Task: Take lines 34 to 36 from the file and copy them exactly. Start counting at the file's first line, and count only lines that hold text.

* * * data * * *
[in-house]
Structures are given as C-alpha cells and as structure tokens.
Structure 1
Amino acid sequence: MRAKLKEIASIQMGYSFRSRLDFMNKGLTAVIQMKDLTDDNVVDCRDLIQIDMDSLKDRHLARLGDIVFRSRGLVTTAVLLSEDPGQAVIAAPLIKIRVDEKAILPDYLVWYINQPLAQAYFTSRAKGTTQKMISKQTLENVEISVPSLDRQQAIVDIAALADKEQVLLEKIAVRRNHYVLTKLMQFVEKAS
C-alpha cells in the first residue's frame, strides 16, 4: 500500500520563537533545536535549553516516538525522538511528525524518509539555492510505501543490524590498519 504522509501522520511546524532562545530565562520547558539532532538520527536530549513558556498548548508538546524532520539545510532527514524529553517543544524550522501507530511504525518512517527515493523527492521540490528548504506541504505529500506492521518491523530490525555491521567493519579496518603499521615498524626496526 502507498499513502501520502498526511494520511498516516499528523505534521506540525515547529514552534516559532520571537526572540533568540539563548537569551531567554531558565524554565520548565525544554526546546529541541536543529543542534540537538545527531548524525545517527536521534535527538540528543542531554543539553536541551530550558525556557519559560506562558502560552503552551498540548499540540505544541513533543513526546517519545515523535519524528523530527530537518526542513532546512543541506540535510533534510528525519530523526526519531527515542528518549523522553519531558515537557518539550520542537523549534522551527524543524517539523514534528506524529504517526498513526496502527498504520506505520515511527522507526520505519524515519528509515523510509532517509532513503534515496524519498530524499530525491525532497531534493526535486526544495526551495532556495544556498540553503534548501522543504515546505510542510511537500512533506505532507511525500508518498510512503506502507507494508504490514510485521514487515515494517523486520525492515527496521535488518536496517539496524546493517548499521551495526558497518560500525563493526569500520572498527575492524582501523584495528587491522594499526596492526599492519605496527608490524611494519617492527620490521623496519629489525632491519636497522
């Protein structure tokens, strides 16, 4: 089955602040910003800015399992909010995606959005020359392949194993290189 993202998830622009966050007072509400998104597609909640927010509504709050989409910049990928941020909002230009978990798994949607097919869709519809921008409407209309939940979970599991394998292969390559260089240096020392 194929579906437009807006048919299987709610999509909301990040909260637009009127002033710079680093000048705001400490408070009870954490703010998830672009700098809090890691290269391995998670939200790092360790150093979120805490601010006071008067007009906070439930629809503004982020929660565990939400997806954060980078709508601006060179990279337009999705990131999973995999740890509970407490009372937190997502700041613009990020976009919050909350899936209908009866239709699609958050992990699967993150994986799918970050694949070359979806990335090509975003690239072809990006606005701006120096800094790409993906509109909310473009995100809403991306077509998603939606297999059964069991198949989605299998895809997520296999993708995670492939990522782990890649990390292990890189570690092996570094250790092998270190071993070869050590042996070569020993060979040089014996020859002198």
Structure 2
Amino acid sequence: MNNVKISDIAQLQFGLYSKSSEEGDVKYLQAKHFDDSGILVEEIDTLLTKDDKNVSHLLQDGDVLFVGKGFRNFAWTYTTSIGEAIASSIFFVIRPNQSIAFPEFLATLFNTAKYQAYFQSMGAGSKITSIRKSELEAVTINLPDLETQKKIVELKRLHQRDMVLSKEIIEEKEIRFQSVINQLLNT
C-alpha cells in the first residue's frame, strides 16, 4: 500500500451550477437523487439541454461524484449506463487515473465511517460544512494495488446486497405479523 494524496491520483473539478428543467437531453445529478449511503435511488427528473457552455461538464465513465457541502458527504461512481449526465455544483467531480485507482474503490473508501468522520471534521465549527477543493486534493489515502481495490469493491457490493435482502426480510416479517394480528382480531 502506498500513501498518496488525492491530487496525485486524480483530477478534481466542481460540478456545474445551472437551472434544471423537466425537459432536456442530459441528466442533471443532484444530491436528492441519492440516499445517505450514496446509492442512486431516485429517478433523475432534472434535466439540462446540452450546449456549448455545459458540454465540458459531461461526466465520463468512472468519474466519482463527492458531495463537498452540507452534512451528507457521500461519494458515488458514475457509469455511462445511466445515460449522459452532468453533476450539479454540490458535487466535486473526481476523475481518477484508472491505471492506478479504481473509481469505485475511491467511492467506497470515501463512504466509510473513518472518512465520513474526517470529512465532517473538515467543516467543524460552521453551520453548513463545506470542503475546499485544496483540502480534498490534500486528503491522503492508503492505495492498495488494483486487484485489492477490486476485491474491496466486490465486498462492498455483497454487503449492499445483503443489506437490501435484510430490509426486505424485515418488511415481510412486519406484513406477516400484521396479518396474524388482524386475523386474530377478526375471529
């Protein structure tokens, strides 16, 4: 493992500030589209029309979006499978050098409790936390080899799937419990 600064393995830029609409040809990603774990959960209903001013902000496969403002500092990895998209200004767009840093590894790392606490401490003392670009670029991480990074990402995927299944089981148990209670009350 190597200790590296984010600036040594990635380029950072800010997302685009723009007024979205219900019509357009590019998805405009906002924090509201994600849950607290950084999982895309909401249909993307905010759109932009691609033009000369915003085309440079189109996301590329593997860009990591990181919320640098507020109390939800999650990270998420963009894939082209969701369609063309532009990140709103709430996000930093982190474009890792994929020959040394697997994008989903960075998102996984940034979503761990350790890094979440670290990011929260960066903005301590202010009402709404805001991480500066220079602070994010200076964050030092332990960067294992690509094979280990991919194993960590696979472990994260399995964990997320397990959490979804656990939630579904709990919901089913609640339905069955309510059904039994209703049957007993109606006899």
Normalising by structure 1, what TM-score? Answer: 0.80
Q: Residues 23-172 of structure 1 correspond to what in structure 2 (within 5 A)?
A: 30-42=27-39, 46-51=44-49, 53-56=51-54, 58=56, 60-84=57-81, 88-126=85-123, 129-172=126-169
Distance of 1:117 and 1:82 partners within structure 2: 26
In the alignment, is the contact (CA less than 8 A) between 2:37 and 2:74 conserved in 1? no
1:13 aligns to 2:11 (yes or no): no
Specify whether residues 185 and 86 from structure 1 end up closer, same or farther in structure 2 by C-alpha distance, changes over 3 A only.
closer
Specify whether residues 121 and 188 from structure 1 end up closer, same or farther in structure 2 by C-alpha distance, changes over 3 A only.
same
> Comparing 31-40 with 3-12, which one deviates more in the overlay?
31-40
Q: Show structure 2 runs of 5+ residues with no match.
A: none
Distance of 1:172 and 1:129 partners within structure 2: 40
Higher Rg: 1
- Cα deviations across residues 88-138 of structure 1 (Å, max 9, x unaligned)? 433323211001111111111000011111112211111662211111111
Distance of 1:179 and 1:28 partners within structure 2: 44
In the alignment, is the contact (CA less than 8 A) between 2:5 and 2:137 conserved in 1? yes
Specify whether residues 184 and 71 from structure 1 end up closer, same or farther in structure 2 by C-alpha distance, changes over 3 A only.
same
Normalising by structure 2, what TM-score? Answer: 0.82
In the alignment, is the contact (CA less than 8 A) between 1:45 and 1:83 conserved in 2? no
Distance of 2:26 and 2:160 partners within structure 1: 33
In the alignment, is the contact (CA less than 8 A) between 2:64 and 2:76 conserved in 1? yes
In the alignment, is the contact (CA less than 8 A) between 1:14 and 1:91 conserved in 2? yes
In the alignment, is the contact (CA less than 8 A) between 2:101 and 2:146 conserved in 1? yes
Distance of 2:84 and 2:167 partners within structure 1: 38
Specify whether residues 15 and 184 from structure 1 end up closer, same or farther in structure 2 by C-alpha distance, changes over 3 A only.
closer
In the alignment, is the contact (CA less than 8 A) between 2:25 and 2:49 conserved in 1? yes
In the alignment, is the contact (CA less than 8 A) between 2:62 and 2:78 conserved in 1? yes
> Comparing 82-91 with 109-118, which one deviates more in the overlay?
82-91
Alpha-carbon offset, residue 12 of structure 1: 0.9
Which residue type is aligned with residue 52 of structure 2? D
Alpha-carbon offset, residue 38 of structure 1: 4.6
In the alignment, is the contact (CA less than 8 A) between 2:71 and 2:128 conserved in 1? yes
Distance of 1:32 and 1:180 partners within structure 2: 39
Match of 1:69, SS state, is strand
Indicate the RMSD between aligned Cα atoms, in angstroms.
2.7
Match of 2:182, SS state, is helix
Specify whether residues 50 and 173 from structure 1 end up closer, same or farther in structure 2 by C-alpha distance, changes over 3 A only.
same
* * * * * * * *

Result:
Distance of 2:26 and 2:160 partners within structure 1: 33
In the alignment, is the contact (CA less than 8 A) between 2:64 and 2:76 conserved in 1? yes
In the alignment, is the contact (CA less than 8 A) between 1:14 and 1:91 conserved in 2? yes